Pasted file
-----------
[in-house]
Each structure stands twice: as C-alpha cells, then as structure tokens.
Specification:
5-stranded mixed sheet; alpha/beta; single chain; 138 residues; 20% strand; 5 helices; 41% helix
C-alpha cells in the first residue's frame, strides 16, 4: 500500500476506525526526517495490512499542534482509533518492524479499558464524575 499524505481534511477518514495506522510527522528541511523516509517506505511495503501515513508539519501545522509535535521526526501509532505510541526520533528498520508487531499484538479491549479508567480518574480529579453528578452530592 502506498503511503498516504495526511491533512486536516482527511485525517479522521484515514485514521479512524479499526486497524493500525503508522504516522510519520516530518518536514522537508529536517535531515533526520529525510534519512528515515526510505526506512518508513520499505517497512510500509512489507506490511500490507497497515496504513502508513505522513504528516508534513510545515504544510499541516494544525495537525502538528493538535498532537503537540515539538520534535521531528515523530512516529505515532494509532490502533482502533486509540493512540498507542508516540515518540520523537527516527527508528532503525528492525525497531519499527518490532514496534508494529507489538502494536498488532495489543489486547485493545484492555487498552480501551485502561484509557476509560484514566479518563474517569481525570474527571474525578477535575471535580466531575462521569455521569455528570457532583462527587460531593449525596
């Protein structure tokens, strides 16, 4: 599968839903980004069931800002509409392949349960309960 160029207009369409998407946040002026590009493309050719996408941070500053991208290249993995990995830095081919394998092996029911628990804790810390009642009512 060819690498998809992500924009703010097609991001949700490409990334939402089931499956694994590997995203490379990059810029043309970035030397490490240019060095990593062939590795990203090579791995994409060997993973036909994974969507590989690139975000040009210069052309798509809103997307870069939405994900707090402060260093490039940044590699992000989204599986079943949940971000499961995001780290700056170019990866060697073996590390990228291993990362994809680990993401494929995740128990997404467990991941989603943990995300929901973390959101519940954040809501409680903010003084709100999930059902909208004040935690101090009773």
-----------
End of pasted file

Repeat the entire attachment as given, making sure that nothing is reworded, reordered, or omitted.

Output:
[in-house]
Each structure stands twice: as C-alpha cells, then as structure tokens.
Specification:
5-stranded mixed sheet; alpha/beta; single chain; 138 residues; 20% strand; 5 helices; 41% helix
C-alpha cells in the first residue's frame, strides 16, 4: 500500500476506525526526517495490512499542534482509533518492524479499558464524575 499524505481534511477518514495506522510527522528541511523516509517506505511495503501515513508539519501545522509535535521526526501509532505510541526520533528498520508487531499484538479491549479508567480518574480529579453528578452530592 502506498503511503498516504495526511491533512486536516482527511485525517479522521484515514485514521479512524479499526486497524493500525503508522504516522510519520516530518518536514522537508529536517535531515533526520529525510534519512528515515526510505526506512518508513520499505517497512510500509512489507506490511500490507497497515496504513502508513505522513504528516508534513510545515504544510499541516494544525495537525502538528493538535498532537503537540515539538520534535521531528515523530512516529505515532494509532490502533482502533486509540493512540498507542508516540515518540520523537527516527527508528532503525528492525525497531519499527518490532514496534508494529507489538502494536498488532495489543489486547485493545484492555487498552480501551485502561484509557476509560484514566479518563474517569481525570474527571474525578477535575471535580466531575462521569455521569455528570457532583462527587460531593449525596
């Protein structure tokens, strides 16, 4: 599968839903980004069931800002509409392949349960309960 160029207009369409998407946040002026590009493309050719996408941070500053991208290249993995990995830095081919394998092996029911628990804790810390009642009512 060819690498998809992500924009703010097609991001949700490409990334939402089931499956694994590997995203490379990059810029043309970035030397490490240019060095990593062939590795990203090579791995994409060997993973036909994974969507590989690139975000040009210069052309798509809103997307870069939405994900707090402060260093490039940044590699992000989204599986079943949940971000499961995001780290700056170019990866060697073996590390990228291993990362994809680990993401494929995740128990997404467990991941989603943990995300929901973390959101519940954040809501409680903010003084709100999930059902909208004040935690101090009773």